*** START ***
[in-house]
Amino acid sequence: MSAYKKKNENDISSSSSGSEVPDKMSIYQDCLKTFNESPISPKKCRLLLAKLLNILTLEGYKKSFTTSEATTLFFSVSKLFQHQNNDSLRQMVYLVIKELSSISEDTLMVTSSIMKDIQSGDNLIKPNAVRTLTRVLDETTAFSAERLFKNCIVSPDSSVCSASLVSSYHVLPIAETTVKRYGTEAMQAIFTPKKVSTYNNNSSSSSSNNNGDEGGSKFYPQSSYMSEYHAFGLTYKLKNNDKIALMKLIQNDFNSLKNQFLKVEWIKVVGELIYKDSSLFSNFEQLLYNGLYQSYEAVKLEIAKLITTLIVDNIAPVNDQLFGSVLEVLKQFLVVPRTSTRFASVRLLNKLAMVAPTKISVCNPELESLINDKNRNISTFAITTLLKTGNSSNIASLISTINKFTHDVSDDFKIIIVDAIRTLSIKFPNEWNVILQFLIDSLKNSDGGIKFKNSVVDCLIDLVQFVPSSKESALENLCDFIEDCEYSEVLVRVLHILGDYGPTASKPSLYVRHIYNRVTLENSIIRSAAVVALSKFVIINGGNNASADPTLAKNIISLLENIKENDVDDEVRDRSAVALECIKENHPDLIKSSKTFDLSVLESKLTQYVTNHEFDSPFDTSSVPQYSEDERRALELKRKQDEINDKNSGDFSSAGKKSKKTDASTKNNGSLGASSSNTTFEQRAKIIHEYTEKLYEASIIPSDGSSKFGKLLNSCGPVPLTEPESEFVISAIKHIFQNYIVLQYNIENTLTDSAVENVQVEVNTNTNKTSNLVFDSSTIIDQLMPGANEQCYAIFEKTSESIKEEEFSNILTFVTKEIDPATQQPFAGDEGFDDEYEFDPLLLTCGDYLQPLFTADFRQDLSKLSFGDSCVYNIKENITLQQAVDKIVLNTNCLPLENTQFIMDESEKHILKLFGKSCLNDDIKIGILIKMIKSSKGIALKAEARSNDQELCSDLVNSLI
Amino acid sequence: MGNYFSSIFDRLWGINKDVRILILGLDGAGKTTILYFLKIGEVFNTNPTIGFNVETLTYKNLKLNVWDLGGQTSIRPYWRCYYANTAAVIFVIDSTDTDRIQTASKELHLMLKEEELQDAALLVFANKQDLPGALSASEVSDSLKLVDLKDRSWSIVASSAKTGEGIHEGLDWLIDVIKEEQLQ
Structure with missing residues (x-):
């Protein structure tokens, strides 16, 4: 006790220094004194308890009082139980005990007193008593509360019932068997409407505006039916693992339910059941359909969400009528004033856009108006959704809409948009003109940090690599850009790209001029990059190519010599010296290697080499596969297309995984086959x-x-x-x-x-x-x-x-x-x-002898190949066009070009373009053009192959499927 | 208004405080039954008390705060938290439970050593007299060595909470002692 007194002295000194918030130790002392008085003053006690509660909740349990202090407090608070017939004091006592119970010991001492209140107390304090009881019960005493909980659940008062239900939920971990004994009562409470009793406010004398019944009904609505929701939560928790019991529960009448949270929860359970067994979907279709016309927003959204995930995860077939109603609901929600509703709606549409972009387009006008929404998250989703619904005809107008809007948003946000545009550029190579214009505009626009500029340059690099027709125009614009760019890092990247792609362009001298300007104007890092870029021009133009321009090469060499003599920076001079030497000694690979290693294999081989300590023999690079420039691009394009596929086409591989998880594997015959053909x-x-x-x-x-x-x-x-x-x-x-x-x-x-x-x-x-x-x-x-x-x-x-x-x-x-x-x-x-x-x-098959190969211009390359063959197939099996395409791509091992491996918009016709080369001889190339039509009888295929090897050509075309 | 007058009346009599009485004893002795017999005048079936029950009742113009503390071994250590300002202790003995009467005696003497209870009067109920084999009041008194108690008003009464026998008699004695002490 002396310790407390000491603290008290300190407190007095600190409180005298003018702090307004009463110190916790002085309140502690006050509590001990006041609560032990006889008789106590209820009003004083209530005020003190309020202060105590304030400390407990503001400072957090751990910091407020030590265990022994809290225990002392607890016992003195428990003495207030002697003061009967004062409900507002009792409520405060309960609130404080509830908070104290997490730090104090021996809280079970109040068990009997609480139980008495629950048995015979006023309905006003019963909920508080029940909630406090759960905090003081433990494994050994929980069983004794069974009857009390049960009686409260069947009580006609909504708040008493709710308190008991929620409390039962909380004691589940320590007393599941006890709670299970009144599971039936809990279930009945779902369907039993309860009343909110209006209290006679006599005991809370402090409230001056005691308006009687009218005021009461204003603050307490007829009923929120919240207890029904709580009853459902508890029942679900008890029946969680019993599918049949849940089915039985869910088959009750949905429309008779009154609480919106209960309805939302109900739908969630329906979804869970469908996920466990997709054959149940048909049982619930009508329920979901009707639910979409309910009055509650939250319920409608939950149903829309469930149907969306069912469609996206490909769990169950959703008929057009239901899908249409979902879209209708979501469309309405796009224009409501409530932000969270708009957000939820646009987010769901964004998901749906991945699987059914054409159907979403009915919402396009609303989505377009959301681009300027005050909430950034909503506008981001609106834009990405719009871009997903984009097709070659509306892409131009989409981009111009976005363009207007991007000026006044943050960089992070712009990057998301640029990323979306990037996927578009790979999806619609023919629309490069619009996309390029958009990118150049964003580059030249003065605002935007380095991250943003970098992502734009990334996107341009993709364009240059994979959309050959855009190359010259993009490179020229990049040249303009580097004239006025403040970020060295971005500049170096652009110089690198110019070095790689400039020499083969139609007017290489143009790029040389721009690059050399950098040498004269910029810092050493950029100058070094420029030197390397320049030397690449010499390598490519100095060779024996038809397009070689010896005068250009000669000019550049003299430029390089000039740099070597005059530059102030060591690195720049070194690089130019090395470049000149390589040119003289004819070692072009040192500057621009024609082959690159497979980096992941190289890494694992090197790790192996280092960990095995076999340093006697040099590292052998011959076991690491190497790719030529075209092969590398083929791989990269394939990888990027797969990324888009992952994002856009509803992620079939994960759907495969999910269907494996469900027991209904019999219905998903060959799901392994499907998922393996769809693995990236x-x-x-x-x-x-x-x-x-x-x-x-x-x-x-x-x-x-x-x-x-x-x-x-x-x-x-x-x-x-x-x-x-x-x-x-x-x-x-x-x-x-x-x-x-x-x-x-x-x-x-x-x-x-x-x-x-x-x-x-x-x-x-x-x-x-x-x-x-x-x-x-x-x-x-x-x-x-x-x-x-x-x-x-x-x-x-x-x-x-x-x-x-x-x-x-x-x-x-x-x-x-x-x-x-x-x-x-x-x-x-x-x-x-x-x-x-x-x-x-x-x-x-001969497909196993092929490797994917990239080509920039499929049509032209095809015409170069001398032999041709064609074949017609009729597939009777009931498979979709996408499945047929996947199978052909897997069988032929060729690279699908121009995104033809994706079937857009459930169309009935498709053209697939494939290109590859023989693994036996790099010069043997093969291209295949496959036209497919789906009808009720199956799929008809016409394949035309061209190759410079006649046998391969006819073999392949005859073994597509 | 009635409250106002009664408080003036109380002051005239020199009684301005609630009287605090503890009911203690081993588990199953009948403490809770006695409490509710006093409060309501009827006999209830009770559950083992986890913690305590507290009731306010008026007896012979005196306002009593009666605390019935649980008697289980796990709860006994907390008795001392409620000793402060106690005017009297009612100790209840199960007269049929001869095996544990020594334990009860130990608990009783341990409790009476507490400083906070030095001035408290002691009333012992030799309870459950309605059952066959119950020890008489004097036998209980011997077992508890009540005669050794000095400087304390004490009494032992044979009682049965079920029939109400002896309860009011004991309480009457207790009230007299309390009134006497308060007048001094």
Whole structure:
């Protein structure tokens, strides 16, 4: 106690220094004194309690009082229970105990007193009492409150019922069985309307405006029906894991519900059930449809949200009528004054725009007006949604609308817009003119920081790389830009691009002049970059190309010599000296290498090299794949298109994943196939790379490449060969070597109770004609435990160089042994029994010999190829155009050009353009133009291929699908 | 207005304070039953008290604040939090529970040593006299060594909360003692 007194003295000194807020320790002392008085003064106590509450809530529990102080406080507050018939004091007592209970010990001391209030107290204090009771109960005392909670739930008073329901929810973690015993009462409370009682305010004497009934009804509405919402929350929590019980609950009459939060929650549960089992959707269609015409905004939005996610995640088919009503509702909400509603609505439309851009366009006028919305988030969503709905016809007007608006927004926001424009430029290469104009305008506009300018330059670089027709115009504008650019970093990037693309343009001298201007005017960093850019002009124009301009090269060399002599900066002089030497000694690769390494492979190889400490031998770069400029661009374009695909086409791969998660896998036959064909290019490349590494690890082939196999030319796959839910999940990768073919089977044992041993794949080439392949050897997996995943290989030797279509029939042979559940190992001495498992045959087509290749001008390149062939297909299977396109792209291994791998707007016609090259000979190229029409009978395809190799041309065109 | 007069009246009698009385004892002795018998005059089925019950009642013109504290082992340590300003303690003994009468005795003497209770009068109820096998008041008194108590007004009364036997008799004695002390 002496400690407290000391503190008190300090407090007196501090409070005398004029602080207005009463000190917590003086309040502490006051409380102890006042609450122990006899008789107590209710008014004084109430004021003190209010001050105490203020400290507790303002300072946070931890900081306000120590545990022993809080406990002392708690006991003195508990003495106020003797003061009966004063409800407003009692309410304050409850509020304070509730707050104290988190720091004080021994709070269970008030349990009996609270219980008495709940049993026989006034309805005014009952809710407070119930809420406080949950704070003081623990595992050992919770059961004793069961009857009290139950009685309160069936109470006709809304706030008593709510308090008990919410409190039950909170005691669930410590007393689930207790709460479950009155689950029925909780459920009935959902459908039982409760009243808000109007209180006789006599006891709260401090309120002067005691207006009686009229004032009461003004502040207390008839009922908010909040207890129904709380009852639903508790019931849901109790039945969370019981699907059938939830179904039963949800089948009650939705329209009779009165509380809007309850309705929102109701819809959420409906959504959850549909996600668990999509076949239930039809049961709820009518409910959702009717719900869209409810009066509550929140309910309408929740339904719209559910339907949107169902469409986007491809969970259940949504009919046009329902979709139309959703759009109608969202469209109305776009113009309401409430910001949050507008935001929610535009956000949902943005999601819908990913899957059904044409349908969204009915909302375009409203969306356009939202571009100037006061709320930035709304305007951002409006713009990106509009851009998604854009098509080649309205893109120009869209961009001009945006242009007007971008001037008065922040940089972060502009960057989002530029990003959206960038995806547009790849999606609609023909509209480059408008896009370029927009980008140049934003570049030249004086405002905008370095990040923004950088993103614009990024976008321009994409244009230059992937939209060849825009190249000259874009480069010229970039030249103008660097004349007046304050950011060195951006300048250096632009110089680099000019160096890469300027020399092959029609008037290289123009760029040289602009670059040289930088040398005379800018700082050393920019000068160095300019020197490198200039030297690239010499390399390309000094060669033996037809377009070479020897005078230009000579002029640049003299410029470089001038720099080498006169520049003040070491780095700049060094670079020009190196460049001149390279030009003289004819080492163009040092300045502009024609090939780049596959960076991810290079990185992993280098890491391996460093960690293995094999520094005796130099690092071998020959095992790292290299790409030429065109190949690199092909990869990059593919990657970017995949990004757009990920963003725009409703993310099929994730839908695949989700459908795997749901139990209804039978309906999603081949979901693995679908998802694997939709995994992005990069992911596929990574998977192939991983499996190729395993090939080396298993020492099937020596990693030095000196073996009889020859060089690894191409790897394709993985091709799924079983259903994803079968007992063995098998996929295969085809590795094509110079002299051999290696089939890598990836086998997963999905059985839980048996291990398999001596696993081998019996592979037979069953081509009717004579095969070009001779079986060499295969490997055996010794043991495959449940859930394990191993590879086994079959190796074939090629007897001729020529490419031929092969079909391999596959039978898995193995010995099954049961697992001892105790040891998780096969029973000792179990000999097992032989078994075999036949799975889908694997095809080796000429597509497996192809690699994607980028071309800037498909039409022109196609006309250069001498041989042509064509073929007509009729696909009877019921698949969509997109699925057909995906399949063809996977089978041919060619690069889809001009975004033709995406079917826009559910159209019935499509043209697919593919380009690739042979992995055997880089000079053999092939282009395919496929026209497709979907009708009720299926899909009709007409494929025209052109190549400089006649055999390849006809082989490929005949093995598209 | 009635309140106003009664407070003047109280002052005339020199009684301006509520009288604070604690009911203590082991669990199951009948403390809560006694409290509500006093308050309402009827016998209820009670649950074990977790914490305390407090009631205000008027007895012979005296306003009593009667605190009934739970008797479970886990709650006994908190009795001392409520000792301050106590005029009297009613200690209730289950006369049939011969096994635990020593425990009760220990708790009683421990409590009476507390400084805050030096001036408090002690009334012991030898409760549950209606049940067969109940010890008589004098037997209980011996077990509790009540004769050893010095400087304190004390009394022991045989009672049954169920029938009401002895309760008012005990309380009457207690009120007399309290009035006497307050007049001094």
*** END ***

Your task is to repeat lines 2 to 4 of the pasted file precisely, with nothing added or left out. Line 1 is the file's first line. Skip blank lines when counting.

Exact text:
Amino acid sequence: MSAYKKKNENDISSSSSGSEVPDKMSIYQDCLKTFNESPISPKKCRLLLAKLLNILTLEGYKKSFTTSEATTLFFSVSKLFQHQNNDSLRQMVYLVIKELSSISEDTLMVTSSIMKDIQSGDNLIKPNAVRTLTRVLDETTAFSAERLFKNCIVSPDSSVCSASLVSSYHVLPIAETTVKRYGTEAMQAIFTPKKVSTYNNNSSSSSSNNNGDEGGSKFYPQSSYMSEYHAFGLTYKLKNNDKIALMKLIQNDFNSLKNQFLKVEWIKVVGELIYKDSSLFSNFEQLLYNGLYQSYEAVKLEIAKLITTLIVDNIAPVNDQLFGSVLEVLKQFLVVPRTSTRFASVRLLNKLAMVAPTKISVCNPELESLINDKNRNISTFAITTLLKTGNSSNIASLISTINKFTHDVSDDFKIIIVDAIRTLSIKFPNEWNVILQFLIDSLKNSDGGIKFKNSVVDCLIDLVQFVPSSKESALENLCDFIEDCEYSEVLVRVLHILGDYGPTASKPSLYVRHIYNRVTLENSIIRSAAVVALSKFVIINGGNNASADPTLAKNIISLLENIKENDVDDEVRDRSAVALECIKENHPDLIKSSKTFDLSVLESKLTQYVTNHEFDSPFDTSSVPQYSEDERRALELKRKQDEINDKNSGDFSSAGKKSKKTDASTKNNGSLGASSSNTTFEQRAKIIHEYTEKLYEASIIPSDGSSKFGKLLNSCGPVPLTEPESEFVISAIKHIFQNYIVLQYNIENTLTDSAVENVQVEVNTNTNKTSNLVFDSSTIIDQLMPGANEQCYAIFEKTSESIKEEEFSNILTFVTKEIDPATQQPFAGDEGFDDEYEFDPLLLTCGDYLQPLFTADFRQDLSKLSFGDSCVYNIKENITLQQAVDKIVLNTNCLPLENTQFIMDESEKHILKLFGKSCLNDDIKIGILIKMIKSSKGIALKAEARSNDQELCSDLVNSLI
Amino acid sequence: MGNYFSSIFDRLWGINKDVRILILGLDGAGKTTILYFLKIGEVFNTNPTIGFNVETLTYKNLKLNVWDLGGQTSIRPYWRCYYANTAAVIFVIDSTDTDRIQTASKELHLMLKEEELQDAALLVFANKQDLPGALSASEVSDSLKLVDLKDRSWSIVASSAKTGEGIHEGLDWLIDVIKEEQLQ
Structure with missing residues (x-):